Reviewing the field of environmental communication and climate change: geographically biased, theoretically limited and methodologically monocular

Authors: Sol Agin*, Karlstad University, Michael Karlsson, Karlstad University
Topics: Communication, Environment, Quantitative Methods
Keywords: environmental communication, climate change, quantitative content analysis, framing
Session Type: Paper
Day: 4/6/2019
Start / End Time: 8:00 AM / 9:40 AM
Room: President's Boardroom, Omni, Lobby Level
Presentation File: No File Uploaded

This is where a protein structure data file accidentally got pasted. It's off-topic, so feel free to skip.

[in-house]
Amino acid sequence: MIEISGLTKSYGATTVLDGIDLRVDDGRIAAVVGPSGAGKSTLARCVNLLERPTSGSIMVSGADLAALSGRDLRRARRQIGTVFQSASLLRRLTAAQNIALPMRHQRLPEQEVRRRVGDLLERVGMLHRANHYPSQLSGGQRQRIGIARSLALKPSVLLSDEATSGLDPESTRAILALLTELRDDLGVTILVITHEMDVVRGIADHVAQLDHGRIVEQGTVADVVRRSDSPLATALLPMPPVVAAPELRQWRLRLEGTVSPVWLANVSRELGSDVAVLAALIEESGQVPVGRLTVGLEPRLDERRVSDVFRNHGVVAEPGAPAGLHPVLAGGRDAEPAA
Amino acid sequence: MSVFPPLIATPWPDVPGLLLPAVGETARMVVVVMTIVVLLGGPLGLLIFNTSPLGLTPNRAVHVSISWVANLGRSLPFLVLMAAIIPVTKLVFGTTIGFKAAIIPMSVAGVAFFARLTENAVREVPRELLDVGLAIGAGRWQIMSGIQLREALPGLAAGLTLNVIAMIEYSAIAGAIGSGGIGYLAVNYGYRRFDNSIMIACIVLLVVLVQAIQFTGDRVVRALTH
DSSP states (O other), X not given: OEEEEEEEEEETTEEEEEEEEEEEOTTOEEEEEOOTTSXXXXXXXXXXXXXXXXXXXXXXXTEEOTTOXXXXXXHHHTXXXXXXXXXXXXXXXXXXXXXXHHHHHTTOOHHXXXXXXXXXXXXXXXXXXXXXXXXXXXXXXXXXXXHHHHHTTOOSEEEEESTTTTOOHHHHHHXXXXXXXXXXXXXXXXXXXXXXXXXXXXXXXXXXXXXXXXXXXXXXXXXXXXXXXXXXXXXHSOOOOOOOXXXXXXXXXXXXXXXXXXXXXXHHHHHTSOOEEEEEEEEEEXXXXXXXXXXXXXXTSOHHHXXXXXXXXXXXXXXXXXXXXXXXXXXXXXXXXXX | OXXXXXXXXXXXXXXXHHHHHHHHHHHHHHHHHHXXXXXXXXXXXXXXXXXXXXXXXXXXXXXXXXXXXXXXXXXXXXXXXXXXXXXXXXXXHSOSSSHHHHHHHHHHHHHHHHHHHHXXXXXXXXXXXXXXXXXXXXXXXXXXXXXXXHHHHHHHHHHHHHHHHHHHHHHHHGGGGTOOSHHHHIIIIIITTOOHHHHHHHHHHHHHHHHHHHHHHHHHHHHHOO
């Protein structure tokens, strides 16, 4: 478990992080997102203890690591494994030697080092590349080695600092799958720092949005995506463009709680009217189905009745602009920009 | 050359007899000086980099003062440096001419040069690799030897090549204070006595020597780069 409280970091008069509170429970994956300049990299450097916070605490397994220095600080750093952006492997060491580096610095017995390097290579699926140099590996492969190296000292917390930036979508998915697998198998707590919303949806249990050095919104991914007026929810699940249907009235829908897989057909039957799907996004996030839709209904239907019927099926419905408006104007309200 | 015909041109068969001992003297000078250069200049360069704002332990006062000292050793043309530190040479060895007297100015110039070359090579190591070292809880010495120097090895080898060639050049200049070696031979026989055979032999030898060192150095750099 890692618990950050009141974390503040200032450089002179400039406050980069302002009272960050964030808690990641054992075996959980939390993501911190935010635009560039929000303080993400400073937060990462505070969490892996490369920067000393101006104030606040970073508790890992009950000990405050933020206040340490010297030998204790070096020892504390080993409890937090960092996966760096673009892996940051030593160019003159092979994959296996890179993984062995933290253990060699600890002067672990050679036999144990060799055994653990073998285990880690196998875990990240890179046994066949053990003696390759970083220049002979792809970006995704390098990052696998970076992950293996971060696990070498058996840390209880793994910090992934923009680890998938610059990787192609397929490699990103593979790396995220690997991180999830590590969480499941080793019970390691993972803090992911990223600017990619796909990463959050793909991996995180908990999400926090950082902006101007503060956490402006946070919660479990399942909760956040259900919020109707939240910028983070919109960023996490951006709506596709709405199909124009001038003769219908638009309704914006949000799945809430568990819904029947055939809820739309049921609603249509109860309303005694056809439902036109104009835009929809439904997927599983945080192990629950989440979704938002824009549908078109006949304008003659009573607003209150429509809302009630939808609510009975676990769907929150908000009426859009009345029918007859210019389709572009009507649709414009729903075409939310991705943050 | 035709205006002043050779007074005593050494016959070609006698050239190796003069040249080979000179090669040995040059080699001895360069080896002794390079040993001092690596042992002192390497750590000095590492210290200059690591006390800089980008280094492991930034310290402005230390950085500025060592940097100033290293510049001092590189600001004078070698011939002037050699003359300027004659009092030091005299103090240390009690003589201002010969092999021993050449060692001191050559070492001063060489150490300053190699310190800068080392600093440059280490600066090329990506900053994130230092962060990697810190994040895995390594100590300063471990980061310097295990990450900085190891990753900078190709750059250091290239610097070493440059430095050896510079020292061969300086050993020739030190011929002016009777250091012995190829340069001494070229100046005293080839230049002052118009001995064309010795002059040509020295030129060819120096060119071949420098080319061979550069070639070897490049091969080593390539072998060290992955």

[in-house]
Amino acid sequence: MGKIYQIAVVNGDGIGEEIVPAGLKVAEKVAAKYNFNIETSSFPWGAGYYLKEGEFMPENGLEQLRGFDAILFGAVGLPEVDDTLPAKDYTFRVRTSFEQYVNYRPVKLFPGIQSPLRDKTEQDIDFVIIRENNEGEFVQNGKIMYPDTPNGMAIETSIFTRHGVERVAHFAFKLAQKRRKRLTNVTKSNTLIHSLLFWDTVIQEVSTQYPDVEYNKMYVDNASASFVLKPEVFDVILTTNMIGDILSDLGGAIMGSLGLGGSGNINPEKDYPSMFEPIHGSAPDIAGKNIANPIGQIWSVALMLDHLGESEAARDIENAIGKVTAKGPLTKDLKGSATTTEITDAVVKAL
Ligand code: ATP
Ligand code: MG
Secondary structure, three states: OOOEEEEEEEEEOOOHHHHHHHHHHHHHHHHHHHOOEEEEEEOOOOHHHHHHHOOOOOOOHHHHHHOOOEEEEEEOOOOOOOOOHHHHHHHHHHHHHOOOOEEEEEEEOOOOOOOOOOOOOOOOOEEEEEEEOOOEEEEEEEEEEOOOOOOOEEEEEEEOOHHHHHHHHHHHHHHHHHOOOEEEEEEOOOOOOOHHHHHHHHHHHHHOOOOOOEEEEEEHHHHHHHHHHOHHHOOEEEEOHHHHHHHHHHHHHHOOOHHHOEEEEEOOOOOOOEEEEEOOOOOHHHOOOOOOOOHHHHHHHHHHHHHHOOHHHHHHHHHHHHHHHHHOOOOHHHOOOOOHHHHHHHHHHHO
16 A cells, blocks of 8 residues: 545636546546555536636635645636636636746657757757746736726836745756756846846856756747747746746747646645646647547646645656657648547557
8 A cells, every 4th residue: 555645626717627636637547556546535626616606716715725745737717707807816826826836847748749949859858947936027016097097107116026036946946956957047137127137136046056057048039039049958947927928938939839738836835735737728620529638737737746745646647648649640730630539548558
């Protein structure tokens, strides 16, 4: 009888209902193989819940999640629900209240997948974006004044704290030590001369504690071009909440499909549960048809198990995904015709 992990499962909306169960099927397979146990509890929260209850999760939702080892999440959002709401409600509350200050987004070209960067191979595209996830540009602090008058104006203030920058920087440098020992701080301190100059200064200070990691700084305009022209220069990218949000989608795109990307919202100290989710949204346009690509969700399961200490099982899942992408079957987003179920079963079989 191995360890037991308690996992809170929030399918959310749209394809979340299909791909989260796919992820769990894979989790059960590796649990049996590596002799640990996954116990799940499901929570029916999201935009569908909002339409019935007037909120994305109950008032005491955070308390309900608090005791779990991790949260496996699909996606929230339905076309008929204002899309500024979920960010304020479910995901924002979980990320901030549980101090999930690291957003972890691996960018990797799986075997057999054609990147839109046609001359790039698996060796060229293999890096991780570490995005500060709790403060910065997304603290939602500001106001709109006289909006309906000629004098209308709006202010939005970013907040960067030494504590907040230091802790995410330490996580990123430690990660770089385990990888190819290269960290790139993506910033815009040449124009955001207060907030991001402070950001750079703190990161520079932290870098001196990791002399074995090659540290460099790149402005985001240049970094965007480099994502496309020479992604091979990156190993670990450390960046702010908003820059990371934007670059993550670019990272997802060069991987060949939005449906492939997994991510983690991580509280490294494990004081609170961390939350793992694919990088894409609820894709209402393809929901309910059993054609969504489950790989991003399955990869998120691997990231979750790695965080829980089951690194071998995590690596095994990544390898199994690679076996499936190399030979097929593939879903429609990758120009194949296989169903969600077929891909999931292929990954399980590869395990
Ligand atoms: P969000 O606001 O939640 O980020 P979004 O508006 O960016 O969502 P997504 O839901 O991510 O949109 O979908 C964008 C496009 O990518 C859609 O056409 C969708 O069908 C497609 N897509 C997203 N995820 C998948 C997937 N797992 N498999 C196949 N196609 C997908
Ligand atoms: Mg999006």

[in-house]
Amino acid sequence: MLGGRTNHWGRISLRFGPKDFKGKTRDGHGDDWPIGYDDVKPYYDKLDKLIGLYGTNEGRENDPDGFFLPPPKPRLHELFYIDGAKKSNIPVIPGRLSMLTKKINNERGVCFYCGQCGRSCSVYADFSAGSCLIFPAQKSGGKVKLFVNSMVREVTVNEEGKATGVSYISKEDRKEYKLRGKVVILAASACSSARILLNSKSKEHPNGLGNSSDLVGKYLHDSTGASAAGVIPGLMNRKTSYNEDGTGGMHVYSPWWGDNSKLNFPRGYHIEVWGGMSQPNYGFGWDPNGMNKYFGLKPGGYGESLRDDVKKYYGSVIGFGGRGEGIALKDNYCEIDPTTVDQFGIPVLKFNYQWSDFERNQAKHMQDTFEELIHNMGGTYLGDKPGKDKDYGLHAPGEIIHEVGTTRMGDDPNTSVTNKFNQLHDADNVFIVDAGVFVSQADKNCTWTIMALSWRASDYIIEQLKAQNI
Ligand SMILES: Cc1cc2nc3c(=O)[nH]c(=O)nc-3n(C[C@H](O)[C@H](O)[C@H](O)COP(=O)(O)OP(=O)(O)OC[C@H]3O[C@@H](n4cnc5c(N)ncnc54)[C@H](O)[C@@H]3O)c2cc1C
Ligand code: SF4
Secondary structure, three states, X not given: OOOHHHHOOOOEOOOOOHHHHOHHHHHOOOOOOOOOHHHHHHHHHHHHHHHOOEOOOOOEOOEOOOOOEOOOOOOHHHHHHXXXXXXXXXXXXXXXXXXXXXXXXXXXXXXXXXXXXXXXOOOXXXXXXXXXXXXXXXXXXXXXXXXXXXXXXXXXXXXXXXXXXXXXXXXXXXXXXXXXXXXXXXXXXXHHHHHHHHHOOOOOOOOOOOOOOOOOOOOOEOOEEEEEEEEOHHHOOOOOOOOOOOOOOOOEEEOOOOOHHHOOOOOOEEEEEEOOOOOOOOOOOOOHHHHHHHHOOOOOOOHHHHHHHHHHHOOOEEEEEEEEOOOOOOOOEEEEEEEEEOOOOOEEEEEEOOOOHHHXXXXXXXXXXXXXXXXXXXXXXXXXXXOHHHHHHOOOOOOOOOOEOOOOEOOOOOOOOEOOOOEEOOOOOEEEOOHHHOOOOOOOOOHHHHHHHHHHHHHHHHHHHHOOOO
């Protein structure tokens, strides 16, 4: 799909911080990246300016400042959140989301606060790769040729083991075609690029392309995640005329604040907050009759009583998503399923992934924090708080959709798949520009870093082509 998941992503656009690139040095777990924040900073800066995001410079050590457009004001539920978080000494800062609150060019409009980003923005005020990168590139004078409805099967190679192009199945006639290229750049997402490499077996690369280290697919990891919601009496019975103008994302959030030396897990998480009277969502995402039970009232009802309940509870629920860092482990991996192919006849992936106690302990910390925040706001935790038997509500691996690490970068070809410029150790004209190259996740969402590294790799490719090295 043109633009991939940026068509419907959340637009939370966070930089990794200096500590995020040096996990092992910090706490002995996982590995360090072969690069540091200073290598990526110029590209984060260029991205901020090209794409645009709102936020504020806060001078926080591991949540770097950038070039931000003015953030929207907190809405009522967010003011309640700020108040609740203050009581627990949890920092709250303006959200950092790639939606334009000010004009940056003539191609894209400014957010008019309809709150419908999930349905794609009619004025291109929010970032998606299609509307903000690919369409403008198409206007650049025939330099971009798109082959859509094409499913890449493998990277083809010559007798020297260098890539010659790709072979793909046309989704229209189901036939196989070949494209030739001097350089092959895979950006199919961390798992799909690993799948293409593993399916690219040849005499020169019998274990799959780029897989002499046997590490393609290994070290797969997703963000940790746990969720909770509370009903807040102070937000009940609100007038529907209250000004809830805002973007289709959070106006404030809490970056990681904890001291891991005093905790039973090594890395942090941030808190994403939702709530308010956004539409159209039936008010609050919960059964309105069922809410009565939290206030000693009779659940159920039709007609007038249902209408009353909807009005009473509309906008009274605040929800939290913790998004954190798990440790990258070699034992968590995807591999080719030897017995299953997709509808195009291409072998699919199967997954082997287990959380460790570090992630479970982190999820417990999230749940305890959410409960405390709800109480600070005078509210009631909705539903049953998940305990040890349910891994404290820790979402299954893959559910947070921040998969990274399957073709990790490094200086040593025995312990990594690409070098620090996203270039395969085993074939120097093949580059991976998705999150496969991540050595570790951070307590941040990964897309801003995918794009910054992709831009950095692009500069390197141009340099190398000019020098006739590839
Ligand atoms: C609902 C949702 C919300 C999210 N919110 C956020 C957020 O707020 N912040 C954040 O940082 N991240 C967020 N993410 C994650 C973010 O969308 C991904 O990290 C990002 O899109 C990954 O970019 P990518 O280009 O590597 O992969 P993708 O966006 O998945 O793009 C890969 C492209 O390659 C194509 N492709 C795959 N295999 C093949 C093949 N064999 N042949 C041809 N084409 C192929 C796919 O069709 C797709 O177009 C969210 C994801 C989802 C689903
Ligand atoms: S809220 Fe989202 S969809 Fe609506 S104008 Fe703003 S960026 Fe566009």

Climate change spans across many disciplines including media and communication. In fact, it can be argued that the problems of climate change to a large extent is a problem of communication, attitudes and behaviour rather than knowledge about climate change and its mechanisms. This place a great responsibility on media and communication research. In response to that challenge we review previous research in the field in terms of, amongst other things; theoretical and methodological approaches; places and people/organisations investigated. The preliminary findings show that framing, confirmation bias, and adaptations of uses and gratifications and agenda setting are the dominating theoretical approaches, and that the research is primarily qualitative. There is also a geographical bias towards certain areas (i.e., it is mainly US-centric, or e.g., focuses on the Amazon rainforest). Moreover, it shows that a majority of people and places most hard hit by the effects of climate change are being overlooked, in benefit of TNC/MNC, large ENGOs or groups of indigenous people and grassroots movements. We conclude by proposing new approaches and perspectives in the climate change context, such as quantitative evaluations of attitudes and behaviours, the implications of filter bubbles and echo chambers on dissemination of information and comparative studies of how local vs global effects of climate change alter peoples willingness to make environmental friendly changes in their everyday lives.

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